Curious Nature: How do certain animals come out on top when in conflict? |

Curious Nature: How do certain animals come out on top when in conflict?

Reese Farrow
Curious Nature
A female cardinal fights with blue jays for place on the feeder. She uses threat gestures to scare off the jays.
Courtesy photo

Have you ever watched a bird feeder and seen two birds fight over a position at the feeder or a big bird like a crow or jay arrive and scare away the smaller songbirds? If you have, you’re witnessing a common animal conflict over a shared resource.

Animal interactions can create two types of conflicts. There is intraspecies between animals of the same species and there is interspecies between animals of different species. Intraspecies competition can occur due to social status, mating or fighting over limited resources. Interspecies competition is seen typically when members of different species compete for a shared resource. These conflicts can establish something known as a dominance hierarchy, which is a complex set of rules that can govern who gets the first preference.

Project FeederWatch is a citizen science project where community members survey which birds visit feeders and other locations all over the world. Thanks to the project, they have documented the interspecies conflicts of over 136 North American species of birds, and there have been some interesting trends that emerged outside of the normal trend of the bigger, the better.

Birds of equal size may seem to be on equal footing bu there are other complex factors that contribute to who wins a conflict.
Courtesy photo

Woodpeckers, warblers, and hummingbirds place higher on the hierarchy than expected from their size, most likely due to their aggressive behavior or deterrents like the woodpecker’s scary bill. There were even some relationships that played out like a game of rock-paper-scissors where birds had separate one-to-one confrontations. Interspecies conflicts and hierarchies are hard to document because they change with the habitat or the season.

Here in the Eagle River Valley, there are a few of these hierarchies and conflicts worth noting. Mountain goats are an introduced species that occupy the same habitat and niche as the bighorn sheep. And while they are similarly sized, researchers have observed sheep being dissuaded from approaching salt deposits by just the presence of the more aggressive mountain goats, establishing a clear hierarchy.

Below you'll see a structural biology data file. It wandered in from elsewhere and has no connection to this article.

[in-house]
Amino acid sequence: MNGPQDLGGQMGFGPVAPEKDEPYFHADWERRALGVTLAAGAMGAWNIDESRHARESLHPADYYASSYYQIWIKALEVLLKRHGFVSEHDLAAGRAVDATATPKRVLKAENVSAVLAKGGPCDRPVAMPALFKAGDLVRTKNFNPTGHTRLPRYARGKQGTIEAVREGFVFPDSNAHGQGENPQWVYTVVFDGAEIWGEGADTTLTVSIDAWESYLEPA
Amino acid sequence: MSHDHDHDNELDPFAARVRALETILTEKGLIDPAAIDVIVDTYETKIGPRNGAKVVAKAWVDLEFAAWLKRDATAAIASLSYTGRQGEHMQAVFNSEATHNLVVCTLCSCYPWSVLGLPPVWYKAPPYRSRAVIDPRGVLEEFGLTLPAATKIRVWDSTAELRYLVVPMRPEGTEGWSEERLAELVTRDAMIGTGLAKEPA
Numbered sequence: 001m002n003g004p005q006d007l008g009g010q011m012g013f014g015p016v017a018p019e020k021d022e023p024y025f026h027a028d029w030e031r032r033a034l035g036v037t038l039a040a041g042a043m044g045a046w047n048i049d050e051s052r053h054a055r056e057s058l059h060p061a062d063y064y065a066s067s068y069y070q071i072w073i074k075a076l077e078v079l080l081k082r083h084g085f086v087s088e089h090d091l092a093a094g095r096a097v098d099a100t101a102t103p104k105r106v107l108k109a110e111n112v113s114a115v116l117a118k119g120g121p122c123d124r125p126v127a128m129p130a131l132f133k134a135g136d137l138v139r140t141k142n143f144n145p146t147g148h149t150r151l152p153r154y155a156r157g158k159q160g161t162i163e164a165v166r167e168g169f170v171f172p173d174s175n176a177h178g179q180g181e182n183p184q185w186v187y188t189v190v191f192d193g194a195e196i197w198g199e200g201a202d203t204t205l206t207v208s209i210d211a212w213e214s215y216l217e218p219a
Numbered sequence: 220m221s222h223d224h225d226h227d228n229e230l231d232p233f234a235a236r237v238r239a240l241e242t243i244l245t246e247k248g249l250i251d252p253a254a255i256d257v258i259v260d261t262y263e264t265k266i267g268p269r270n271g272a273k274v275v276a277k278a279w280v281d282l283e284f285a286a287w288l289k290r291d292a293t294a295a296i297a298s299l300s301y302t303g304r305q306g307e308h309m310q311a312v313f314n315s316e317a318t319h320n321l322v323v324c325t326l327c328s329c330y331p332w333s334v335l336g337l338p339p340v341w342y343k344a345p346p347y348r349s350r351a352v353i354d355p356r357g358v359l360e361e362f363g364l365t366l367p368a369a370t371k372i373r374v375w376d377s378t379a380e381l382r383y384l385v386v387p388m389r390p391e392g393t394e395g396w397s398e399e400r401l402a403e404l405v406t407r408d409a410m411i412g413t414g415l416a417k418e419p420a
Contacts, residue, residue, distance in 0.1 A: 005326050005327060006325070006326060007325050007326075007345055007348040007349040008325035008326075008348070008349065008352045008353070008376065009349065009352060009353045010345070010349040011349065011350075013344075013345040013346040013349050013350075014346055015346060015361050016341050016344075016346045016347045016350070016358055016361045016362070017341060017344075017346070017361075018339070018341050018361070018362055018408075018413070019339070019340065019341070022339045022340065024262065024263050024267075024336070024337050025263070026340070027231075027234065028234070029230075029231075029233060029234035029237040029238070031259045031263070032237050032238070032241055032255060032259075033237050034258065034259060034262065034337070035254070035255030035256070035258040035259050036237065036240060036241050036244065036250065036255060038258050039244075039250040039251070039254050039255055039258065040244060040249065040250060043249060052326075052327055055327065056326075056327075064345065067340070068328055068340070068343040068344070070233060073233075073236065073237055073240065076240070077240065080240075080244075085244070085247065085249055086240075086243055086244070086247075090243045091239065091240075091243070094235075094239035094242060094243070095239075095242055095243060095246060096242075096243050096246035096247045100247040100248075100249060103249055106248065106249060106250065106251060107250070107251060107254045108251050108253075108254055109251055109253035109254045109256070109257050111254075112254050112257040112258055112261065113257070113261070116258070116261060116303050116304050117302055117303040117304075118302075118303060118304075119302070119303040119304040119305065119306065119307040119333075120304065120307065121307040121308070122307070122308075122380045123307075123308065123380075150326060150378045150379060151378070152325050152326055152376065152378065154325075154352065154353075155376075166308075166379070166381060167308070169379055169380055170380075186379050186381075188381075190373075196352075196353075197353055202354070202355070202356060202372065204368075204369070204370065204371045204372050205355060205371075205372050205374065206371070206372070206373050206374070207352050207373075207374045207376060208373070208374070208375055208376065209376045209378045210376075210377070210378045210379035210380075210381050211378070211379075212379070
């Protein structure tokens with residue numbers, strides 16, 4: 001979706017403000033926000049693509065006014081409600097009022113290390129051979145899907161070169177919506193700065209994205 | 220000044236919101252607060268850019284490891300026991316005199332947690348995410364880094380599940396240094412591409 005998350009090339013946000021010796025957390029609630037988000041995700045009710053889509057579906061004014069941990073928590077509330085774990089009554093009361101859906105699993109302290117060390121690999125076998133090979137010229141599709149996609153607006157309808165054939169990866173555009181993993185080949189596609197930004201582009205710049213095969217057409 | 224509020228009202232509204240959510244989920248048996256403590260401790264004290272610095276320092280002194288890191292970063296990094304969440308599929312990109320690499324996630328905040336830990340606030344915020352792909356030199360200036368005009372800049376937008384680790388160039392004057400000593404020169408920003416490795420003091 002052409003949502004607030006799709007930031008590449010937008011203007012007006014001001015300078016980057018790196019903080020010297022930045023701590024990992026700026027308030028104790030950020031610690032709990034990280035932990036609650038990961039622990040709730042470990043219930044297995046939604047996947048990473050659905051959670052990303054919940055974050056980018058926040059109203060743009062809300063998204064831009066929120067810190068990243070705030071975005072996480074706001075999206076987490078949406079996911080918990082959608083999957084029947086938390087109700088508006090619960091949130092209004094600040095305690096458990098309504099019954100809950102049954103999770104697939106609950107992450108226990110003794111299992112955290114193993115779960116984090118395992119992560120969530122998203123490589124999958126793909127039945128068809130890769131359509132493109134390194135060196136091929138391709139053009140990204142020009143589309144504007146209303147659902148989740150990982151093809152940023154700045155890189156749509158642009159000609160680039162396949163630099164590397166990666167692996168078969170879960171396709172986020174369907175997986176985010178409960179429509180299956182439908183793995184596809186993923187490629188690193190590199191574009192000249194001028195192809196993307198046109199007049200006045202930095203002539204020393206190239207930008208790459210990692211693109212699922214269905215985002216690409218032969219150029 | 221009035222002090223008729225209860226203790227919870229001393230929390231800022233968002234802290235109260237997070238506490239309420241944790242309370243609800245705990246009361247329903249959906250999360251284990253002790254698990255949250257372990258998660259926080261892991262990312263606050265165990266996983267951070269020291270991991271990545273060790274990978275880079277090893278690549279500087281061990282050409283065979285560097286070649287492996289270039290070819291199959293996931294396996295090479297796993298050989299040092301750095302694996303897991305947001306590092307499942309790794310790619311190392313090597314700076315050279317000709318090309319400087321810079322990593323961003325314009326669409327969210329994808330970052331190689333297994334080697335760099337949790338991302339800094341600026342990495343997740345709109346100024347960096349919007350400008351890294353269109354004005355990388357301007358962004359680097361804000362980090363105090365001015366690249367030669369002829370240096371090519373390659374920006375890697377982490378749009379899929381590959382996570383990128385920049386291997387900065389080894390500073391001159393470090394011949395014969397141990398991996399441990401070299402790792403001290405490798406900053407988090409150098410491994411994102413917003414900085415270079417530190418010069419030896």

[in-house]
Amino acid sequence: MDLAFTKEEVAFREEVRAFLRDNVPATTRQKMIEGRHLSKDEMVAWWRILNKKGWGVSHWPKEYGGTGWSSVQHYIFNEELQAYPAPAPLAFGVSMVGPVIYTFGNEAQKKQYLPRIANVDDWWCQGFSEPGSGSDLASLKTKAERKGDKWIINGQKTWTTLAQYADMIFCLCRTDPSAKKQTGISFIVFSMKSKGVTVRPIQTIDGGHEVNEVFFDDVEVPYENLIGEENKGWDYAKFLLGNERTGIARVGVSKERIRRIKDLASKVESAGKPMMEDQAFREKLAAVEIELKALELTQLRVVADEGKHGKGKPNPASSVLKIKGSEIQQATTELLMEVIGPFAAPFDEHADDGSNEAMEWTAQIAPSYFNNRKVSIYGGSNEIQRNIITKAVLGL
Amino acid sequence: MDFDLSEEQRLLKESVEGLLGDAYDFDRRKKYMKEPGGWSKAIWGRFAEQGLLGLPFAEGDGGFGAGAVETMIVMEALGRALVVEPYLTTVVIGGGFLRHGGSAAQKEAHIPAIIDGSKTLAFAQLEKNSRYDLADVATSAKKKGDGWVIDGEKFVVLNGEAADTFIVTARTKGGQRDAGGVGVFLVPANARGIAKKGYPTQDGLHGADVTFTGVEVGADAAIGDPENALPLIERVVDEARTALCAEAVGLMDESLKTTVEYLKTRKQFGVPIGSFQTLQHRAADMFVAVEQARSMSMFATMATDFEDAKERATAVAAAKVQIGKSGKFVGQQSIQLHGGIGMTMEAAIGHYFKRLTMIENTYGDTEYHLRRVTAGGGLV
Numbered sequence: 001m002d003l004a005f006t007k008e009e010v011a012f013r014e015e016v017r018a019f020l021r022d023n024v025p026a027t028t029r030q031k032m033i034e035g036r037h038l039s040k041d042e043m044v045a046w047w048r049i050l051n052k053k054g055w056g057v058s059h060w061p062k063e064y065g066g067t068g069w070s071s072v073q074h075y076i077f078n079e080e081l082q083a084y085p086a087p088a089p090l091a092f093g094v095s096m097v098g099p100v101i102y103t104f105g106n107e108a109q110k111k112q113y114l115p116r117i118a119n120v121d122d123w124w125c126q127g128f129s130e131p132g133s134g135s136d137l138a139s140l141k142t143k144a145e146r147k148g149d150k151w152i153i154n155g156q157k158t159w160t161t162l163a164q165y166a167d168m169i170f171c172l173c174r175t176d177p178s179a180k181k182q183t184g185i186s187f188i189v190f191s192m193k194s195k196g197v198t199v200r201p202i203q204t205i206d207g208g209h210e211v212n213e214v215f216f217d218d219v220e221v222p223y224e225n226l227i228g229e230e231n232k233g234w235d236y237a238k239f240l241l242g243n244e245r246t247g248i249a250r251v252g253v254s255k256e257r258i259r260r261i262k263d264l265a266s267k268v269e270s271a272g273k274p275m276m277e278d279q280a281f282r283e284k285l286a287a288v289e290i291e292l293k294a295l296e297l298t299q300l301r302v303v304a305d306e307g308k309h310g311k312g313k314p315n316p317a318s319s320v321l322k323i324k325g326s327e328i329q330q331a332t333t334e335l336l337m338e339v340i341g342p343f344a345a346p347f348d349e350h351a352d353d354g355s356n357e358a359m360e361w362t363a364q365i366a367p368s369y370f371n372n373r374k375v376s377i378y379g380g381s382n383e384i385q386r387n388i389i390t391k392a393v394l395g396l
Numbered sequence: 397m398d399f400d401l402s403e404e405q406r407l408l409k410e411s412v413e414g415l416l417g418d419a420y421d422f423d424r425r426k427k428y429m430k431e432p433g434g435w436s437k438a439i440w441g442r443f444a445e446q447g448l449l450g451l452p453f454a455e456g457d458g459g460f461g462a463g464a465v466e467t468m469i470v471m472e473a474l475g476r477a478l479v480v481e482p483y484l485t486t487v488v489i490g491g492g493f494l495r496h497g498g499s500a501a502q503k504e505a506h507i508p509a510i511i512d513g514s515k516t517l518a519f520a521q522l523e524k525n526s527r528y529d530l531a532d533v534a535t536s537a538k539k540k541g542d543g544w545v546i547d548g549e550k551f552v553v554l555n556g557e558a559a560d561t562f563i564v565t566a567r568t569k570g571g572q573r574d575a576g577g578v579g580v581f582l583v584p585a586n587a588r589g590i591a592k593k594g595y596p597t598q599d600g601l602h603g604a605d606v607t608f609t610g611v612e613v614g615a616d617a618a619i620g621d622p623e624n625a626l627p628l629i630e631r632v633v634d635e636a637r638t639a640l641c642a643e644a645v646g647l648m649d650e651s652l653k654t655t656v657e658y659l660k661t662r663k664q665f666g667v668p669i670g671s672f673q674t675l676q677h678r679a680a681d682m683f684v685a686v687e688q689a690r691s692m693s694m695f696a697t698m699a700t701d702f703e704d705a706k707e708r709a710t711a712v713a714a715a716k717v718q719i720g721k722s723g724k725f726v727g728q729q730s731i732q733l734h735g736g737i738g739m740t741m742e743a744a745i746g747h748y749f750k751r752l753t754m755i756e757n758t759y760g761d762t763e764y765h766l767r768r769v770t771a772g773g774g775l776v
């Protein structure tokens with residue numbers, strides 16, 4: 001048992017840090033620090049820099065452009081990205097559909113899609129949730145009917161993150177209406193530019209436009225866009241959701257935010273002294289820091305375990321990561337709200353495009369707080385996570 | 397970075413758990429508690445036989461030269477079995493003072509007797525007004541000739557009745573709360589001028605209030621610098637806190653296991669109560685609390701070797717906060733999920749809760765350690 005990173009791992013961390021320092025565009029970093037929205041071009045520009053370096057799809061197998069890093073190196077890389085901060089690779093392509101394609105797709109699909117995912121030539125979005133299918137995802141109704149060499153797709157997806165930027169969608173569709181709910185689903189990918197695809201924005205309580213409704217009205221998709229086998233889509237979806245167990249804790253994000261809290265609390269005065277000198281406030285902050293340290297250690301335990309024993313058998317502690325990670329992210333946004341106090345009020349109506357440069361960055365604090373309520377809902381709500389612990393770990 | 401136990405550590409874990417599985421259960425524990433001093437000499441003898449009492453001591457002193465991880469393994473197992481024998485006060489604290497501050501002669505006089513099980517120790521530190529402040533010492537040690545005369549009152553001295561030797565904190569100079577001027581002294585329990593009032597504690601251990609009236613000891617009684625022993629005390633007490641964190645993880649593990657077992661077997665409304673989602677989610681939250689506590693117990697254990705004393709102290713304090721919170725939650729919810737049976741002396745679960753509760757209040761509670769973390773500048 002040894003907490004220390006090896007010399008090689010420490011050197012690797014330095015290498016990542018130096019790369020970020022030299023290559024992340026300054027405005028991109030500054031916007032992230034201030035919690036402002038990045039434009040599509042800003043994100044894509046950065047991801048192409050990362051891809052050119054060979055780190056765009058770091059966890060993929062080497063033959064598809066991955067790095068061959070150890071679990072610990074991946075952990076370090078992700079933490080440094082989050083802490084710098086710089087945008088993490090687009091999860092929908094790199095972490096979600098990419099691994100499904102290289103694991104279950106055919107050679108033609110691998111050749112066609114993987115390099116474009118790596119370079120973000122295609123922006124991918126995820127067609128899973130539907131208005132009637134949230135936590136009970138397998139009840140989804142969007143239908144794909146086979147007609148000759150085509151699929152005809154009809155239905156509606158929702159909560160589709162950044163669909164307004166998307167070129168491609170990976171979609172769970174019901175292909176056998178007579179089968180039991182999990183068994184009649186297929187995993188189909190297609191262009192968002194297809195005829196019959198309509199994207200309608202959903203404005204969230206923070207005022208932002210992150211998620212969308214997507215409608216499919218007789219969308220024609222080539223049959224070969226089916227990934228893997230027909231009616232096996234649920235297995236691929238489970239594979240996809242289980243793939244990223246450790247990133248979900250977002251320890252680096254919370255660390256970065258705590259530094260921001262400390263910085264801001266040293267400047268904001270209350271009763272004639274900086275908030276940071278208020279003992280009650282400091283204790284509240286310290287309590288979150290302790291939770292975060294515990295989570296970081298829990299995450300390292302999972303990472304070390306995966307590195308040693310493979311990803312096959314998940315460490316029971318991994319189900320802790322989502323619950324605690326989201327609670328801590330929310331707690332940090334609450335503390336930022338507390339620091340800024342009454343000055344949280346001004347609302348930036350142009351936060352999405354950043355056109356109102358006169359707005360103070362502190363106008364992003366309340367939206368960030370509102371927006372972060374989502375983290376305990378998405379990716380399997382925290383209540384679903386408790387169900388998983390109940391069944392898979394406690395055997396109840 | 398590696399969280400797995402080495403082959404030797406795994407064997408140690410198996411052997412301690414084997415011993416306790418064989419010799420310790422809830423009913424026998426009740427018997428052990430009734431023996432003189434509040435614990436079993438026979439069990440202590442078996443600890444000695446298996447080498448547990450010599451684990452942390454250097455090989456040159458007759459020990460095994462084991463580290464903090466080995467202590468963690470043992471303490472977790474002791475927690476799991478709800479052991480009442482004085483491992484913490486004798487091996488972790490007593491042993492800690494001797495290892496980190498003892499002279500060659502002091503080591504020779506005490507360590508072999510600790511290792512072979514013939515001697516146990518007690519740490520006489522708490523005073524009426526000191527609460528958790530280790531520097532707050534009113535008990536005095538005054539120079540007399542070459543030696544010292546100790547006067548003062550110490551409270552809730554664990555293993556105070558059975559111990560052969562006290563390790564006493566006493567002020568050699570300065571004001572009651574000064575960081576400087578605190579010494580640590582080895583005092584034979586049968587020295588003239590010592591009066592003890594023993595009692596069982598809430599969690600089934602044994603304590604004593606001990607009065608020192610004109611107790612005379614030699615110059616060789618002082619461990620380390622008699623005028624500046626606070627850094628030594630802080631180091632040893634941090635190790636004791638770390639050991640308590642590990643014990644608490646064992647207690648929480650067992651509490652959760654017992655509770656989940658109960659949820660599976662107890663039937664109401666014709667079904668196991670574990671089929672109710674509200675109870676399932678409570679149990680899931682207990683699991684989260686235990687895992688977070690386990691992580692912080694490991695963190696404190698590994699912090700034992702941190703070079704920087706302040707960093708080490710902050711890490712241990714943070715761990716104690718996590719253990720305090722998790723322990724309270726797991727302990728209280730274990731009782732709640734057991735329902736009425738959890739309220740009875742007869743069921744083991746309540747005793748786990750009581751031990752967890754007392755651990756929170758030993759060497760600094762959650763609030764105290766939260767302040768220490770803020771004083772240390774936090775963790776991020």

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One of the most famous examples of intraspecies hierarchies is of course gray wolves, with numerous studies documenting the complex social interactions within and between packs. While Colorado has historically been a part of the gray wolves’ range, the only extant individuals are found near the northern border and the Colorado Parks and Wildlife has a current plan to begin reintroducing them by the end of 2023. This will surely lead to a change in coyote populations because the interspecies competition between the two canines usually ends with the larger, more aggressive wolf on top.

Some other animals that are endemic to this area that are known to display some type of intraspecies dominance hierarchy include bobcats, mountain goats, and pronghorn antelope.

In a 2022 paper published in “Frontiers of Ecology and Evolution,” the authors looked specifically at interspecies conflicts and argued that they will be more common as climate change shifts and changes resource availability such as minerals, water, snow and shade. While studying these conflicts, they also found that there was a common rule across these conflicts: the bigger animals typically won out. Competition is a healthy and necessary part of the ecosystem that can help create balance. But climate change and habitat loss can disrupt that and create a scenario where most animals will “lose.” 

If you are interested in the subject of animal competitions, you should participate in the annual March Mammal Madness. It’s a simulated competition among animals with seeded divisions set in a bracket, and after each round, there will be an explanation for why each animal “wins.” The matchups start on March 13 so look at the bracket soon and see if you can guess who’ll win it all!

Reese Farrow is a Naturalist for Walking Mountains Science Center and while he isn’t a fan of conflict, he recognizes that in the natural world, conflict between species is normal.

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